Yesterday I found myself immersed in the work of Joan Jonas, lost in thought in the vast, subterranean Tate Modern Tanks and then in Herzog & de Meuron’s twisting, spiralling Switch House. Walking through her life’s work, I felt compelled to enter her imaginary, real, brilliant, often bizarre and always colourful worlds. Then downstairs in the Tanks, we were treated to a special preview of Mirror Piece II, a long-admired performance from 1970. Live art feels so intimate, and this was pure visceral joy.
Jonas is a pioneer in the world of performance and the visual arts, and this is the most comprehensive and captivating exhibition of her work ever shown in the UK. Unfolding over ten days and six nights, BMW Tate Live showcases Jonas’s performances and installations including ground-breaking works not staged for 40 years.
The artist produced a vast and complex body of work to include film stills, sketches, video installations and live performances, and it has been a challenge for the curators here to find new ways to share the way Jonas uses live theatre situations to explore storytelling, conveying her movement back and forth in time, how she constantly remakes and rearranges existing situations.
Jonas creates miniature performance theatres – at once a balance of the instance and preserving the past, keeping memories, re-imagining past textures, re-thinking ideologies. These are action sculpture and her work is always alive – the past and present in constant dialogue.
‘I always thought the activity of putting one object next to another was like making a visual poem,’ writes Jonas about the props she has displayed as a sculpture in the opening room. Her work draws from curious cultures and religions, from imagery, fairy tales. Jonas has long been fascinated by oral storytelling, and you sense this walking around and into her giant-size moving screens.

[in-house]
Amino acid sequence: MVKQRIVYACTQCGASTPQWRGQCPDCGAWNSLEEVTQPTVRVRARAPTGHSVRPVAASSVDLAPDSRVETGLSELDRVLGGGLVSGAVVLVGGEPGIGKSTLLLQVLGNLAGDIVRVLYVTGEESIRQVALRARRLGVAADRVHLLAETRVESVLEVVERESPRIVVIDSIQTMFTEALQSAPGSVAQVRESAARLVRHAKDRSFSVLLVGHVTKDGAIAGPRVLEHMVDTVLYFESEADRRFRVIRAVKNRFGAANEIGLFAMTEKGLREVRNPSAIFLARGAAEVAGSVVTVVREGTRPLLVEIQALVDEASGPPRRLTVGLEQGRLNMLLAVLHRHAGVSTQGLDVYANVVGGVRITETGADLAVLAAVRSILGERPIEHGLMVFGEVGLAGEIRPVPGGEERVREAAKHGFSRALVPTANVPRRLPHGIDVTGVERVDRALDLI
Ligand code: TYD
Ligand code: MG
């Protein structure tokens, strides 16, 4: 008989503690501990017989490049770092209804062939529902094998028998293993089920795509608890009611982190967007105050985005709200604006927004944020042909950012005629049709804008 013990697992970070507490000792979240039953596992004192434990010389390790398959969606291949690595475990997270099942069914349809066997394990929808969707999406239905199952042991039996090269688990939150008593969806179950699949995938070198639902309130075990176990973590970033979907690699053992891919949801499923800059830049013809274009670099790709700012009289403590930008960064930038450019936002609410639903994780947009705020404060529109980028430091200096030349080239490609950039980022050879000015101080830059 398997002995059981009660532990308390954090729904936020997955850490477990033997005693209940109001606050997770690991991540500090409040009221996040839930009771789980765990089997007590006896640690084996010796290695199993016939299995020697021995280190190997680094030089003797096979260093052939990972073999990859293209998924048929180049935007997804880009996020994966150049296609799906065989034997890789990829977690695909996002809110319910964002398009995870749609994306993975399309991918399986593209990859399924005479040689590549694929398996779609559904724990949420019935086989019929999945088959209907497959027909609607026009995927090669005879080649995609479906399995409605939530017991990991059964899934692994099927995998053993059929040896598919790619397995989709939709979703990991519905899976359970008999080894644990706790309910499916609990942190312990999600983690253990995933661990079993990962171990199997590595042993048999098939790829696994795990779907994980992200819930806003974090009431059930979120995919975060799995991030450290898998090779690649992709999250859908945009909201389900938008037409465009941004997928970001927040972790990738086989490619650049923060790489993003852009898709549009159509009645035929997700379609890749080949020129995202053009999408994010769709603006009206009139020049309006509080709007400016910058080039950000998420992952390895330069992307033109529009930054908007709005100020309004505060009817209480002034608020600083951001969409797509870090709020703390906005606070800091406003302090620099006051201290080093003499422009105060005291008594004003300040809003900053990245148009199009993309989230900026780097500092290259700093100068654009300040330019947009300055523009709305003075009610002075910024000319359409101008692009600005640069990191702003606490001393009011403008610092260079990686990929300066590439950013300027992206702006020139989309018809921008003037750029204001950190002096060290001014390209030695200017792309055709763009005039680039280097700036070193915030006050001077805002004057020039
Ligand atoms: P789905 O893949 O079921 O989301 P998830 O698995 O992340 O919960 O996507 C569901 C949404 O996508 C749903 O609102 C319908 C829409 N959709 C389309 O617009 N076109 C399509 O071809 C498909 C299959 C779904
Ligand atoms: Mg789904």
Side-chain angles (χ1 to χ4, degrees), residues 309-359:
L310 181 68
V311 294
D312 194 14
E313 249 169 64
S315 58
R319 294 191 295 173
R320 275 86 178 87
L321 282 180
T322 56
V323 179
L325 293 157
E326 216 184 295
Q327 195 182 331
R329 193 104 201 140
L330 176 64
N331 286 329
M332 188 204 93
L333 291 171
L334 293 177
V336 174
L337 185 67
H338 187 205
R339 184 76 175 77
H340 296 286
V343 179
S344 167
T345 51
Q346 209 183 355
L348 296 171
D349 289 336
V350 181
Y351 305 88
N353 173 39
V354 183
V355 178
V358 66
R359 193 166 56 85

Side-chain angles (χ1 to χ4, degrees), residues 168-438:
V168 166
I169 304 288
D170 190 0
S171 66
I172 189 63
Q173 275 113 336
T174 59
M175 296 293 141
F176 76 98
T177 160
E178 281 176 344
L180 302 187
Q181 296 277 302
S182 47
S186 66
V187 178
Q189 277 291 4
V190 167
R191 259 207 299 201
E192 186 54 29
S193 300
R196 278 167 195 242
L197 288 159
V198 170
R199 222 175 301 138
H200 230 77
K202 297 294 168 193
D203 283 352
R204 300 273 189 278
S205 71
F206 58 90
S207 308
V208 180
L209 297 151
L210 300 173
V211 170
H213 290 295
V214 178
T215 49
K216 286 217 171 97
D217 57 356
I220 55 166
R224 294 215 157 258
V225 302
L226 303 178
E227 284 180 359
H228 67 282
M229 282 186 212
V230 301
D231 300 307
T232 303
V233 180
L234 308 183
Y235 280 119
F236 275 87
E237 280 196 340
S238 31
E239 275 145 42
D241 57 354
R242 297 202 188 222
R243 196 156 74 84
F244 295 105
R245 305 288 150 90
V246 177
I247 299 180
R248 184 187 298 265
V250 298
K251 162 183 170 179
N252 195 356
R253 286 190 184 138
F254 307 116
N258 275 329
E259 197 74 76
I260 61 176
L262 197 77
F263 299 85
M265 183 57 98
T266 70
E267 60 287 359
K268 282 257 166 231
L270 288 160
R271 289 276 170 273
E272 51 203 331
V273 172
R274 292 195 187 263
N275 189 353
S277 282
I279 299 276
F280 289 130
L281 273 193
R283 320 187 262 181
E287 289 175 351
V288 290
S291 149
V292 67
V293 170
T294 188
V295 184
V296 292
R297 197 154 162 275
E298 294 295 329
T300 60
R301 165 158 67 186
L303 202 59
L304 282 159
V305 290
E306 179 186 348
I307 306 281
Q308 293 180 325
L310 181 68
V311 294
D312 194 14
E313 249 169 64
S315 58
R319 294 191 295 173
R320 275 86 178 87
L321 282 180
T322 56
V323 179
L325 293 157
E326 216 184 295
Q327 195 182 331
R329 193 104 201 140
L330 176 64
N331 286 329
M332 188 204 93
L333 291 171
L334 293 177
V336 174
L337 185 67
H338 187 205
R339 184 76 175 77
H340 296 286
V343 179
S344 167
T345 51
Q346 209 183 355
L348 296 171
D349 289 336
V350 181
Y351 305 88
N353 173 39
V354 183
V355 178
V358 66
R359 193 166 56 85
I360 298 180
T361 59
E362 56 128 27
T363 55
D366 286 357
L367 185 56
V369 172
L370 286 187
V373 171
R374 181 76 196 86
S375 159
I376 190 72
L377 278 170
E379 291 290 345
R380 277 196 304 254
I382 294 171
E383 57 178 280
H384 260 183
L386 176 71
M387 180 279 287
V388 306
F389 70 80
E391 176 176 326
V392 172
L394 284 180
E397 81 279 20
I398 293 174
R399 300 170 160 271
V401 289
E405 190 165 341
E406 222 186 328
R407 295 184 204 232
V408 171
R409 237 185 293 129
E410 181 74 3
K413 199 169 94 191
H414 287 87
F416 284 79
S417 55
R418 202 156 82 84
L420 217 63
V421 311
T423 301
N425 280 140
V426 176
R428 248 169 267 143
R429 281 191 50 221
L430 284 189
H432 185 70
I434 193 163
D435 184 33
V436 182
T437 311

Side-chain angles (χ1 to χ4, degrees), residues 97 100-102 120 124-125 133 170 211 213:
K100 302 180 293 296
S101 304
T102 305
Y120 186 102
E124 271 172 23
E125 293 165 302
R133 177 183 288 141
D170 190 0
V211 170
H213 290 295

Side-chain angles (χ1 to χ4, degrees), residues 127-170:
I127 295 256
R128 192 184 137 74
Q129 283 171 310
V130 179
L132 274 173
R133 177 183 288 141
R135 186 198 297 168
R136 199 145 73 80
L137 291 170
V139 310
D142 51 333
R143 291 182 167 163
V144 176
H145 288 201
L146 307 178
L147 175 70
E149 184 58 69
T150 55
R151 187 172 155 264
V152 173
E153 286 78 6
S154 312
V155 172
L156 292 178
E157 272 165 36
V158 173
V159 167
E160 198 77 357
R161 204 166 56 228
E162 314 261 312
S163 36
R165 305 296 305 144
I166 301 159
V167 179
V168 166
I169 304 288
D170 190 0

In the late 1960s and 70s, she shot stills in New York, capturing the textures and the colours of a city on the edge of bankruptcy. Later she began working more directly with narrative exploring women’s place in history, ‘as outsiders, witches, storytellers,’ she says. ‘I’ve always been interested in the poetics of how women are depicted, which is political, of course.’
Jonas’s work is presented at the Tate in dialogue with an intergenerational selection of artists – Jason Moran, Mark Leckey, Sylvia Palacios Whitman, Jumana Emil Abboud – demonstrating the powerful impact she has had on contemporary artists today. Throughout these ten days, visitors are invited to explore a series of installations in the Tanks to include her acclaimed Reanimation, a spellbinding environment made from projected footage of Arctic landscapes and light refracted through dozens of hanging crystals.
What makes the Tate Live series so special are the six-night live performance programmes. They will open with Jonas performing live with her long-time collaborator, the jazz pianist and composer Jason Moran. The third and fourth nights will be dedicated to three seminal performances from a formative period in Jonas’s career: Mirror Check, Mirror Piece II and Mirage, the latter performed by Jonas herself for the first time since 1980. The final weekend will focus on Chilean-American artist Sylvia Palacios Whitman, a peer of Jonas who also came to prominence in New York in the 1970s, performing for the first time in the UK and will debut a new collaboration with photographer Christopher Rauschenberg, son of artist Robert Rauschenberg which, in the spirit of the avant-garde, will be kept a surprise.
BMW Tate Live: Ten Days Six Nights (16 – 25 March 2018) is curated by Catherine Wood, senior curator of international art (performance), Isabella Maidment, assistant curator of performance and Andrea Lissoni, senior curator of international art (film).